The January Effect is a famous market anomaly. It is often cited to prove that markets are inefficient. But what is the January Effect? What is the theory behind it and what does the data say? This week’s Risk Magazine Article sheds a light on returns and trading volumes in January compared to the rest of the year.
The January Effect was first noticed by Sidney Wachtel, who was an investment banker, in 1942. Looking at data from 1925 onwards, he saw that small-cap stocks had outperformed the market in most Januaries. Beginning from 1928, the S&P500 experienced a positive development in January in 56 years out of 91. Ever since Wachtel’s observation, researchers and practitioners have investigated this anomaly and the data shows that the effect has become smaller recently. This has most-likely been driven by the fact that, as the January Effect has become more prominent, the markets priced the effect in.
Nevertheless, the January Effect is a remarkable and prominent market anomaly. According to theory, it can be linked to several causes. First, January is December’s successor and as we know, December marks the end of the year and therefore, taxed are due. Many market participants realize tax-losses in December by selling poor performing stocks. Then, these stocks experience a downward price pressure. In the next step, this leads to the theory that especially stocks with poor momentum in December, experience a renaissance in January and offer above-market returns.
The second cause for the January Effect is also called “window dressing”. Fund managers usually have to report their portfolio at the end of the year and they have a personal interest in reporting a winner portfolio that does not include poor performing stocks. Therefore, fund managers might sell poor performing stocks in December and, if they believe in the long-term perspective of these stocks, buy them back in January. However, some researchers argue that window dressing is highly unlikely to cause the January Effect as it would mainly influence large-cap stocks, but the January Effect is more pronounced in small-cap stocks.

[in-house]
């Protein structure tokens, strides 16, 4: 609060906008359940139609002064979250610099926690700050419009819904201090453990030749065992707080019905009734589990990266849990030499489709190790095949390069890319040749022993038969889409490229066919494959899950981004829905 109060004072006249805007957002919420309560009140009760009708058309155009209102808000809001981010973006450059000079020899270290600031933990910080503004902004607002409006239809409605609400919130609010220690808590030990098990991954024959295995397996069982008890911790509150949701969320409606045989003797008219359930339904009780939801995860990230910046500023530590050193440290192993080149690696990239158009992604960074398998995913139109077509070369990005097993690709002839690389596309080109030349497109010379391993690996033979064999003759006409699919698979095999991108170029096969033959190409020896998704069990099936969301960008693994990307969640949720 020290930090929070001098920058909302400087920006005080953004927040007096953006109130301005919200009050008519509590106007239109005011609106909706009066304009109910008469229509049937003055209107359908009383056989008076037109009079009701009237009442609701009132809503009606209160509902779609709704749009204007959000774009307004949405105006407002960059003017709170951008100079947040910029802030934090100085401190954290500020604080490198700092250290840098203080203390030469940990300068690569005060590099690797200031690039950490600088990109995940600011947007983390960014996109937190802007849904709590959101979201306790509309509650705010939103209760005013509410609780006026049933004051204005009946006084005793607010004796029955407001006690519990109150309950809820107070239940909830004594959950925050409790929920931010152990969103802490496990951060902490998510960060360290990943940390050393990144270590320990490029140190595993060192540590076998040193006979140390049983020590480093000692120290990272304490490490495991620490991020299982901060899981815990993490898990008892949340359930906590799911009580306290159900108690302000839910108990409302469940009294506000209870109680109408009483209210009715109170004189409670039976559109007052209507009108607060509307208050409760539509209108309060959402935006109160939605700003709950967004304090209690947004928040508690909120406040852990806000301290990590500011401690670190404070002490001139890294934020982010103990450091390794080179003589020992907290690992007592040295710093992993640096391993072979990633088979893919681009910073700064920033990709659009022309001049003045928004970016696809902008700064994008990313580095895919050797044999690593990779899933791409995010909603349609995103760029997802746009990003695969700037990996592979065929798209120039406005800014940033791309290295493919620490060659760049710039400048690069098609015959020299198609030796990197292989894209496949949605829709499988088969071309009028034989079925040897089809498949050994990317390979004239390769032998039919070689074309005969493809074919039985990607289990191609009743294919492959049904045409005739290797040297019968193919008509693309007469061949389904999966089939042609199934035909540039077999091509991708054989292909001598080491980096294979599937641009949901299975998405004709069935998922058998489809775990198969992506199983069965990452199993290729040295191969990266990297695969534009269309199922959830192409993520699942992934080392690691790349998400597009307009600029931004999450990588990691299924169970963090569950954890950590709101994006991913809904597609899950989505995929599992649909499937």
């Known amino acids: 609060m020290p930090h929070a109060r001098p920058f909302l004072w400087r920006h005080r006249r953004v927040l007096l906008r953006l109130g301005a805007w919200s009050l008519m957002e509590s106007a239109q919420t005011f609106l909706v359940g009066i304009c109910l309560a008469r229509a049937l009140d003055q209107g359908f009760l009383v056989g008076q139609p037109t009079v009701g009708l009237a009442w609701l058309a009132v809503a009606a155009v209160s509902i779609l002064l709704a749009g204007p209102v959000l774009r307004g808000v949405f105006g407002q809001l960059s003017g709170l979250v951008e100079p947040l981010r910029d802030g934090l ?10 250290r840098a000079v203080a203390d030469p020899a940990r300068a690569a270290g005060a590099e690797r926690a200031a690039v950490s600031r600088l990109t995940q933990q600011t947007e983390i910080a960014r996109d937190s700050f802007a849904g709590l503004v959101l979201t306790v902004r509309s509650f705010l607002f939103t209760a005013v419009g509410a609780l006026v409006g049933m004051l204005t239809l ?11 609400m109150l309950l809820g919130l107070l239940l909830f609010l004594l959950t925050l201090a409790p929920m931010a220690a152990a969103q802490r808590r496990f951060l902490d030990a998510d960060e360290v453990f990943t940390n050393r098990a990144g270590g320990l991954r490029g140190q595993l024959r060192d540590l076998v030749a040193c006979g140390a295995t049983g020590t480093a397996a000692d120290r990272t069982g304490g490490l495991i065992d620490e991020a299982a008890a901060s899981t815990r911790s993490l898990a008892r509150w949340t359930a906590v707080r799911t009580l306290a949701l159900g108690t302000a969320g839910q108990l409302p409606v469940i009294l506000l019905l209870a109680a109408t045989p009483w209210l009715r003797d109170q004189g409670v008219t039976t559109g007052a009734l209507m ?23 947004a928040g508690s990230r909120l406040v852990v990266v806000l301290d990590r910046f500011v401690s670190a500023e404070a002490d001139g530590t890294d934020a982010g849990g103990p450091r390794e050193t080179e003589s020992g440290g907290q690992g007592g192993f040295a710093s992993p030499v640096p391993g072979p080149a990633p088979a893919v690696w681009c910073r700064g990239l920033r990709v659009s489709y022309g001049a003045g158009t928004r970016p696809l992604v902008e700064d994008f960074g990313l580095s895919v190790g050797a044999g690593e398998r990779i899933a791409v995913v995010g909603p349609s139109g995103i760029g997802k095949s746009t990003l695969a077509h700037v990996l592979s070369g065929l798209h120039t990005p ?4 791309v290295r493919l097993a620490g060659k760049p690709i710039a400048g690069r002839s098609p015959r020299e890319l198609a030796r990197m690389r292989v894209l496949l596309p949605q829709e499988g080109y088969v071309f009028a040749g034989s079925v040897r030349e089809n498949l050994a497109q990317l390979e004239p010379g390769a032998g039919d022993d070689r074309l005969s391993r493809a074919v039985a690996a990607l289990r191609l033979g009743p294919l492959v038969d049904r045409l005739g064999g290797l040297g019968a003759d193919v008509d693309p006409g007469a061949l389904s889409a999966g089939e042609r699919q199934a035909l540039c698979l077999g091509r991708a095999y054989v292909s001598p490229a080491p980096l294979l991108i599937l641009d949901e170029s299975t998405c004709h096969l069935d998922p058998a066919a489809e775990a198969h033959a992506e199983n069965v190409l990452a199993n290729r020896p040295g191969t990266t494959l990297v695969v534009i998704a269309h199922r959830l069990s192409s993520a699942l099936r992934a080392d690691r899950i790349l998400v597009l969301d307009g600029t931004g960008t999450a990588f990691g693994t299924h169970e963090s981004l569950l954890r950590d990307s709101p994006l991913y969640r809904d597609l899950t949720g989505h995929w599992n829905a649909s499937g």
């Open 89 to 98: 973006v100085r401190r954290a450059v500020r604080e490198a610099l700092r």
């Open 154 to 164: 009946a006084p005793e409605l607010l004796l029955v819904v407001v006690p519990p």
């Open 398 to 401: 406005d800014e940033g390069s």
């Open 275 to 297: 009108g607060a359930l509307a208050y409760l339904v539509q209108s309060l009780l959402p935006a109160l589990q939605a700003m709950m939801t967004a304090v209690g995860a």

Next, some argue that the January Effect is fuelled by the fact that bonuses are often paid at year-end and therefore, investors have excessive cash to invest in January. Moreover, the January Effect might also be linked to psychology as the new year marks a new beginning and brings positivity in the markets. Many people start investing in the new year or open new positions simply because they feel that the new year marks a great time to start with it. In fact, data shows that trading volumes are particularly high in the first few days of January. Lastly, the January Effect might have become a self-fulfilling prophecy. Investors buy stocks as they expect prices to rise and as the demand increases, prices actually rise.
Building an investment strategy based on this market anomaly is not advisable.
As indicated above, the January Effect seems to diminish. That’s why, building an investment strategy based on this market anomaly is not advisable. Additionally, transaction costs might offset the small returns the January Effect predicts.
The January Barometer
Sometimes, the January Barometer is also mentioned as a investment strategy focusing on calendar anomalies. According to this theory, the performance of the S&P500 in January can be used to predict the index’s performance throughout the year. If the S&P500 rises in January, it will have positive returns the whole year. If the index falls in January, it will not stop declining until the next year. BUT the January Barometer’s hypothesis cannot be proven statistically. It is actually as effective as flipping a coin in January to predict the S&P 500’s performance.